That's a very strange aspiration. Personally, I would prefer if gay people put their minds together and solved some big problem. Achieved world peace, or something. Surely, the society would then shower them with blessings and privileges they never dreamed of. Imposing their own semantics on an established institution? Yeah, that's a real good way to gain acceptance. Not to mention that people don't like paying more for their health insurance etc. and ultimately seeing increased taxes.

And gay couples could adopt children just as men and women get married without ever having any children.


So that at a tender age a neighbor tells little Johnny (son of Adam and Steve) that he is actually adopted? :)
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Postby Turpissimus » Fri Jan 28, 2005 3:44 pm

Not to mention that people don't like paying more for their health insurance etc. and ultimately seeing increased taxes.


True, but I doubt gay people are happy about the moderate subsidy they give us. And, as I say, the tax advantages of marriage, at least in my country, are grossly overstated. This would appear to be more about tenancy, inheritance tax (which of course, doesn't affect those in the US), hospital visits, next of kin issues - that kind of stuff.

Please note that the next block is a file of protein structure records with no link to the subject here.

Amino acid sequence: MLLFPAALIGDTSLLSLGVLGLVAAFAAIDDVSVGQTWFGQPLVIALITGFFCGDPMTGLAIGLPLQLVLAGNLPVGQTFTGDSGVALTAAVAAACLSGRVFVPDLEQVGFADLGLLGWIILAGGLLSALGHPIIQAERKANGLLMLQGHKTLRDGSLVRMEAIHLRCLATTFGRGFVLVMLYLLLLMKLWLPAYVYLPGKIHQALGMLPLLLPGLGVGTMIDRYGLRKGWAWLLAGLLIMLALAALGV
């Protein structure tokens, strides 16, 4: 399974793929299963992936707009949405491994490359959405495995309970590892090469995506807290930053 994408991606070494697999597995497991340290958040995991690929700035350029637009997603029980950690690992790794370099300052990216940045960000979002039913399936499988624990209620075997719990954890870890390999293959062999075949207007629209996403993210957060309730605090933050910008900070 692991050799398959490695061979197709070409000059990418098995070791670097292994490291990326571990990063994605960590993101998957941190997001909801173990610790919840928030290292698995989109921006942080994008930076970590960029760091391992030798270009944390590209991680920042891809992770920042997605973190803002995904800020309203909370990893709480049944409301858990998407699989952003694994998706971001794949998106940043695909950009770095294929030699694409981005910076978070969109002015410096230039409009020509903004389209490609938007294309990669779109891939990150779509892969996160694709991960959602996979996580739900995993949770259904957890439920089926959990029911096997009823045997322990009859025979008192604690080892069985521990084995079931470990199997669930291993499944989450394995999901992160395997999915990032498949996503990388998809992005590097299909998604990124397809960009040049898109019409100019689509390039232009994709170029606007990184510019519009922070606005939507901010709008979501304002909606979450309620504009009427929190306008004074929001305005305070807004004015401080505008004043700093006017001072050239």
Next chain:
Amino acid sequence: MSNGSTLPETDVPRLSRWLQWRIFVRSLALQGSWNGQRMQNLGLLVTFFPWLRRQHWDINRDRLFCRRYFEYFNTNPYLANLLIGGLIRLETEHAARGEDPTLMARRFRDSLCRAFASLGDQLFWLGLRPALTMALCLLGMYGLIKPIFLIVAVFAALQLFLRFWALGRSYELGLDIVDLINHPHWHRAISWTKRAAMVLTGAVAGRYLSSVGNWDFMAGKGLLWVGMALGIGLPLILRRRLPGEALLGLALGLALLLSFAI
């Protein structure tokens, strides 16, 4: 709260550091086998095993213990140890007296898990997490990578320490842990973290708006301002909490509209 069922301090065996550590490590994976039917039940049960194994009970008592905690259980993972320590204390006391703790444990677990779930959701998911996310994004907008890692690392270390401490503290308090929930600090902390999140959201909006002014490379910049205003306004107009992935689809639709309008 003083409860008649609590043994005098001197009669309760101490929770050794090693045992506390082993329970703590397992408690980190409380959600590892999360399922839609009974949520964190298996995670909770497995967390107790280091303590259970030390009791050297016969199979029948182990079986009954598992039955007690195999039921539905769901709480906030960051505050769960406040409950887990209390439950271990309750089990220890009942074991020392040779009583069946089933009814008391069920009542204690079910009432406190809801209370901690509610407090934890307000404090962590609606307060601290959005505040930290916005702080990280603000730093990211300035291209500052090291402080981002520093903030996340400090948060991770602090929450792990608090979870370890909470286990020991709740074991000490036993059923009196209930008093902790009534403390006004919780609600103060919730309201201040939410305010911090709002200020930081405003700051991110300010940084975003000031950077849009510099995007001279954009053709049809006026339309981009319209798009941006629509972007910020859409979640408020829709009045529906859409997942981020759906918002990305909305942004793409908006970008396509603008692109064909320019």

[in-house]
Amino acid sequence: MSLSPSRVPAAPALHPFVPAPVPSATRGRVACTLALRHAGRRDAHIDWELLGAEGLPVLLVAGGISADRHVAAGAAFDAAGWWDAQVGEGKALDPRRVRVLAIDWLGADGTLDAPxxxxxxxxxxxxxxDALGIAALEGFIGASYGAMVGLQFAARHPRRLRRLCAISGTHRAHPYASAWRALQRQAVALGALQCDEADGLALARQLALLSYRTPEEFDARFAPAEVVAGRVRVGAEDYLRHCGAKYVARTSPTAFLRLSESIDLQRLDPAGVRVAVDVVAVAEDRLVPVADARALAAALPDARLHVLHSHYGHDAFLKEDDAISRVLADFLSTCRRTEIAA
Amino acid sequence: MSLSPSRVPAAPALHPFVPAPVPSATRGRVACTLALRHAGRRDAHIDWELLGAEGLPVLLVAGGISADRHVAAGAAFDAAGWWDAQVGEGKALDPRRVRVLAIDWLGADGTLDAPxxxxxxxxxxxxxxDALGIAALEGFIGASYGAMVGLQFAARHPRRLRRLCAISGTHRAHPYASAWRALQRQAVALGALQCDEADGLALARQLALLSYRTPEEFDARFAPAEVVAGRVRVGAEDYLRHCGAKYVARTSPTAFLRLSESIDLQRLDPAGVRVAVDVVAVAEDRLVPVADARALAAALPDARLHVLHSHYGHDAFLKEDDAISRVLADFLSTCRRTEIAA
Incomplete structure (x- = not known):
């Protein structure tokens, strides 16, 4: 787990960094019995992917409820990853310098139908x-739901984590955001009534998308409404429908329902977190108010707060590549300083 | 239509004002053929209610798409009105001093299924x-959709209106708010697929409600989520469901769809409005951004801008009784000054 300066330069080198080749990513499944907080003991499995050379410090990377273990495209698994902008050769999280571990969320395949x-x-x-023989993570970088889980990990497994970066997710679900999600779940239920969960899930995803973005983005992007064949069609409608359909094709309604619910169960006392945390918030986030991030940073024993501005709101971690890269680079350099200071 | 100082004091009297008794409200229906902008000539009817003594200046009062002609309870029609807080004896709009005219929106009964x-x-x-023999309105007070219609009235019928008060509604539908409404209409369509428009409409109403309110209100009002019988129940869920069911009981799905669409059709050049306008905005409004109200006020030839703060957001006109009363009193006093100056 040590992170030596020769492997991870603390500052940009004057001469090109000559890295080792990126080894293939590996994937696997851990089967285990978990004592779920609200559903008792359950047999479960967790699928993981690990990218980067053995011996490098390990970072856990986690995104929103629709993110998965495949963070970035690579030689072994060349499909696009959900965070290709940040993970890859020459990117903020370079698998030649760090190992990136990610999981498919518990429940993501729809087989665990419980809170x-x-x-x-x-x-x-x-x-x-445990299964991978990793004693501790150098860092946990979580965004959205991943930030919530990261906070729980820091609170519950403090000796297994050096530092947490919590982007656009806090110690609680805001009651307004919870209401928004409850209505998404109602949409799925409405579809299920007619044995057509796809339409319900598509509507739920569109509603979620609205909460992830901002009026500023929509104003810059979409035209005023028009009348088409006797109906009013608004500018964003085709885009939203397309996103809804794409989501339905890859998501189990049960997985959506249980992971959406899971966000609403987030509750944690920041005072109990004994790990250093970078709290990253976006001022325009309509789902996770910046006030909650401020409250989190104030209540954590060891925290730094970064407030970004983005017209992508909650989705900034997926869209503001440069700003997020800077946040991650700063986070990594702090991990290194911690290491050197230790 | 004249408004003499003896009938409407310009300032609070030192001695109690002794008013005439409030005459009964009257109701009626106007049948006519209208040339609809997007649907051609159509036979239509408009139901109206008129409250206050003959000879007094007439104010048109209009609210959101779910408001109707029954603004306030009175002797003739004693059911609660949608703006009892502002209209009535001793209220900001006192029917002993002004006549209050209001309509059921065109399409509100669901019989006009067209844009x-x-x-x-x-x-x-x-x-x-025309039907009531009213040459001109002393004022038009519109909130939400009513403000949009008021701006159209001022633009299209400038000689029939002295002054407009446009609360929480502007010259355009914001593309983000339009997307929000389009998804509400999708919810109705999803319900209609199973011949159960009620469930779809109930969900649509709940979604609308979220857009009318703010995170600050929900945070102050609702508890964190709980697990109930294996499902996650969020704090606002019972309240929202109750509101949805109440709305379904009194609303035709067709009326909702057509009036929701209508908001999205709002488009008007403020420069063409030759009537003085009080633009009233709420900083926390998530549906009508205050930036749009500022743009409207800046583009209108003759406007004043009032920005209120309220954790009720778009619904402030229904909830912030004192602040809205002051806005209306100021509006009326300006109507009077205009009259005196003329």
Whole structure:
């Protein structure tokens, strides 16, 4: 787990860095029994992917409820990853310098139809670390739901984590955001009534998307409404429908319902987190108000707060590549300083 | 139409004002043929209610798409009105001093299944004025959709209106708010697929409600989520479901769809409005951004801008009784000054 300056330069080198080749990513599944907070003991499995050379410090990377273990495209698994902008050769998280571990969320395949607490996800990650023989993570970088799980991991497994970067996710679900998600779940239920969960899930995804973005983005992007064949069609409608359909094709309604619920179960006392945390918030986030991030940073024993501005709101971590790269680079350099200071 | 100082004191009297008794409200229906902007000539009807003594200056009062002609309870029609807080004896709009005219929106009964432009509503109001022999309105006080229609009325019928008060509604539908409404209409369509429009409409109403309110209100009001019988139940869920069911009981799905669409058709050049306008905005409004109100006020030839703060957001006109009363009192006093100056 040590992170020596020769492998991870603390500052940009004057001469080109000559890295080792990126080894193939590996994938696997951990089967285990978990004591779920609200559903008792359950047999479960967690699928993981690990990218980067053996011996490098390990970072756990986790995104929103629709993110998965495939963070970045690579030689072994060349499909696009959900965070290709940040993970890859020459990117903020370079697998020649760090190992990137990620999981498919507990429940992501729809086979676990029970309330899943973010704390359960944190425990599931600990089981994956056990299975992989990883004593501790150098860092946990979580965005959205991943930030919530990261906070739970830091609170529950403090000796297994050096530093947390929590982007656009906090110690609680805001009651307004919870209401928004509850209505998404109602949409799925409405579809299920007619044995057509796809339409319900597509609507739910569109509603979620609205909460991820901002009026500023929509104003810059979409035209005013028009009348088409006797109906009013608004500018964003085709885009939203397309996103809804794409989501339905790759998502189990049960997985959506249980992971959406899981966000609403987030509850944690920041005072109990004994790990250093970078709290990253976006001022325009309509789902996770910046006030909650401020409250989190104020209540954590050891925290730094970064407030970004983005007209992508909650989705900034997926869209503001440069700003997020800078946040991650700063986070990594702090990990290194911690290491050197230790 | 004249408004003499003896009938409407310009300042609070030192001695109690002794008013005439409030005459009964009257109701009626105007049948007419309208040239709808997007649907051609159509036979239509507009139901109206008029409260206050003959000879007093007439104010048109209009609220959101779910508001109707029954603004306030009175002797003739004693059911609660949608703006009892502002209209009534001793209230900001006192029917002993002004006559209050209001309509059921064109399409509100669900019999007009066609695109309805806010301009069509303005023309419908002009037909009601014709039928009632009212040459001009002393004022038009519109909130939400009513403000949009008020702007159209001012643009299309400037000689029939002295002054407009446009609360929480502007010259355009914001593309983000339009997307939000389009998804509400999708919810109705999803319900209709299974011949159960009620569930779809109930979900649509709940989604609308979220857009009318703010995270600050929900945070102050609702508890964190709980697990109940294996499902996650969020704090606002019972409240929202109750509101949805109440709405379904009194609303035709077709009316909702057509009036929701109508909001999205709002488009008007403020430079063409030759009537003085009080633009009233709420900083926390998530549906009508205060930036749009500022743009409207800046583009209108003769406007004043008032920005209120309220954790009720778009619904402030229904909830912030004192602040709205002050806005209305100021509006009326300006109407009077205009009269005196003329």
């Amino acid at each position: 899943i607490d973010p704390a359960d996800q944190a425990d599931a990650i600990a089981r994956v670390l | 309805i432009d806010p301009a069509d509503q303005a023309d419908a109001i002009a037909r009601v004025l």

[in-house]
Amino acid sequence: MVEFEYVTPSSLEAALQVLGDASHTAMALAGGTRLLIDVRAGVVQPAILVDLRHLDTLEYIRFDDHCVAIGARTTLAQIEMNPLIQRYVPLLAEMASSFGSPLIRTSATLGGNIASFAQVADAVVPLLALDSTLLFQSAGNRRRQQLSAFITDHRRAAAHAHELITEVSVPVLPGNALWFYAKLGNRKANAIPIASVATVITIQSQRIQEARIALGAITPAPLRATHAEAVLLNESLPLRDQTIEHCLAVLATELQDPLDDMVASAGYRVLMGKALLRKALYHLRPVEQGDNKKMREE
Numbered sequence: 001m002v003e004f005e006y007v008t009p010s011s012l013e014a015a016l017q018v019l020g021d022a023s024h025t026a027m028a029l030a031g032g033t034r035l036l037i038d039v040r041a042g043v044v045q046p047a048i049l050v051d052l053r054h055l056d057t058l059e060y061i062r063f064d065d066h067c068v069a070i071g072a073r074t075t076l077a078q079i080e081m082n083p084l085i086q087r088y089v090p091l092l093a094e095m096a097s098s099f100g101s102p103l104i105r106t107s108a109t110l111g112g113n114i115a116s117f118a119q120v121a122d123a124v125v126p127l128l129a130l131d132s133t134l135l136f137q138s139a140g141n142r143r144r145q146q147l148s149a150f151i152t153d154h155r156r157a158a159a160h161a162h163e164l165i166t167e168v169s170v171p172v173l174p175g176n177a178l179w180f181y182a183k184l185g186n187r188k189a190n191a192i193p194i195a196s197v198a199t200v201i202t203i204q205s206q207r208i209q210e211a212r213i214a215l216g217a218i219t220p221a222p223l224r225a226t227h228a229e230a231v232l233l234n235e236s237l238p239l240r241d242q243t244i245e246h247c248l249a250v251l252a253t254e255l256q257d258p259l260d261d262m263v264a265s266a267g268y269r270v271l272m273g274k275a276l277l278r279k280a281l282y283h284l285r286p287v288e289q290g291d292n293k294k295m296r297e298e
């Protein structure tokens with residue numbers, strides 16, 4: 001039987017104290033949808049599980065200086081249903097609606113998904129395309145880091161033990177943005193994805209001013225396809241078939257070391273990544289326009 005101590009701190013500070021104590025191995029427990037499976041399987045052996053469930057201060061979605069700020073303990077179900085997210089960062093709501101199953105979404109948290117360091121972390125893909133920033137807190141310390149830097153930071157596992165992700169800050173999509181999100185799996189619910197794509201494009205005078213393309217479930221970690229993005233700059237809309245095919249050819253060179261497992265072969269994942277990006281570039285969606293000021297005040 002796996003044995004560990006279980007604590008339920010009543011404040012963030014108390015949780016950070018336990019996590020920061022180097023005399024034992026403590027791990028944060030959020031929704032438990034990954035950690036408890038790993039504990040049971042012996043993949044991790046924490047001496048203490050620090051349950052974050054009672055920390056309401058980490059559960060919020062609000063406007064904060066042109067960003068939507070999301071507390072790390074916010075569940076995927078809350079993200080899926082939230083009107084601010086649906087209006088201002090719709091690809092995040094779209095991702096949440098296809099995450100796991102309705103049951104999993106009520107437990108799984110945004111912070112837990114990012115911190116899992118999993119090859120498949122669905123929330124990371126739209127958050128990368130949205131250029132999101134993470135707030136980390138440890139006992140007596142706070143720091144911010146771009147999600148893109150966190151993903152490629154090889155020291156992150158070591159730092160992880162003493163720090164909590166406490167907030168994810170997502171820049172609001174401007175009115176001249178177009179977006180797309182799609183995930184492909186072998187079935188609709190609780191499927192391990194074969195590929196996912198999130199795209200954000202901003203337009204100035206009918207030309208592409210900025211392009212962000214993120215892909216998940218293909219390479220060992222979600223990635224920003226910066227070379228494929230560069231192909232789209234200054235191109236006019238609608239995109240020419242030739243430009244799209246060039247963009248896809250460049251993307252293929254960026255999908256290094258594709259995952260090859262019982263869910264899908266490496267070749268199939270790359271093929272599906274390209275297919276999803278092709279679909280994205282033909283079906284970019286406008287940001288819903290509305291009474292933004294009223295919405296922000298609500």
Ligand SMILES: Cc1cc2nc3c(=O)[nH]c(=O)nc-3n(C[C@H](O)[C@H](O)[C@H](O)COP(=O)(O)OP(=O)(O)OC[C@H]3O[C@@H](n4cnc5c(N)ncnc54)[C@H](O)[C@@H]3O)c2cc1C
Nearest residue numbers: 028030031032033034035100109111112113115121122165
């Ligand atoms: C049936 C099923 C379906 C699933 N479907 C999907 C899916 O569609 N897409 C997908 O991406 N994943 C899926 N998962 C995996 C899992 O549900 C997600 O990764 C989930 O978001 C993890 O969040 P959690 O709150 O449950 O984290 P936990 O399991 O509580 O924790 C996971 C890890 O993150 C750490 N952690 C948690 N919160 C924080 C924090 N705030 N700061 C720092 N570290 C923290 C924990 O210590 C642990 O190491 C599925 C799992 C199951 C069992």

The idea that heterosexual couples will be up in arms because gay people suddenly have the same rights they do...well, maybe you live in a different kind of society than I do. Perhaps the people who surround you are ignorant selfish fools.

And gay couples could adopt children just as men and women get married without ever having any children.


So that at a tender age a neighbor tells little Johnny (son of Adam and Steve) that he is actually adopted? Smile


Firstly, most adoptions are carried out quite late in life, often after quite serious sexual of physical abuse. I think these kids would be all too aware of the facts of life by the time they meet their first gay couple.
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Postby Deses » Fri Jan 28, 2005 4:35 pm

Turpissimus wrote: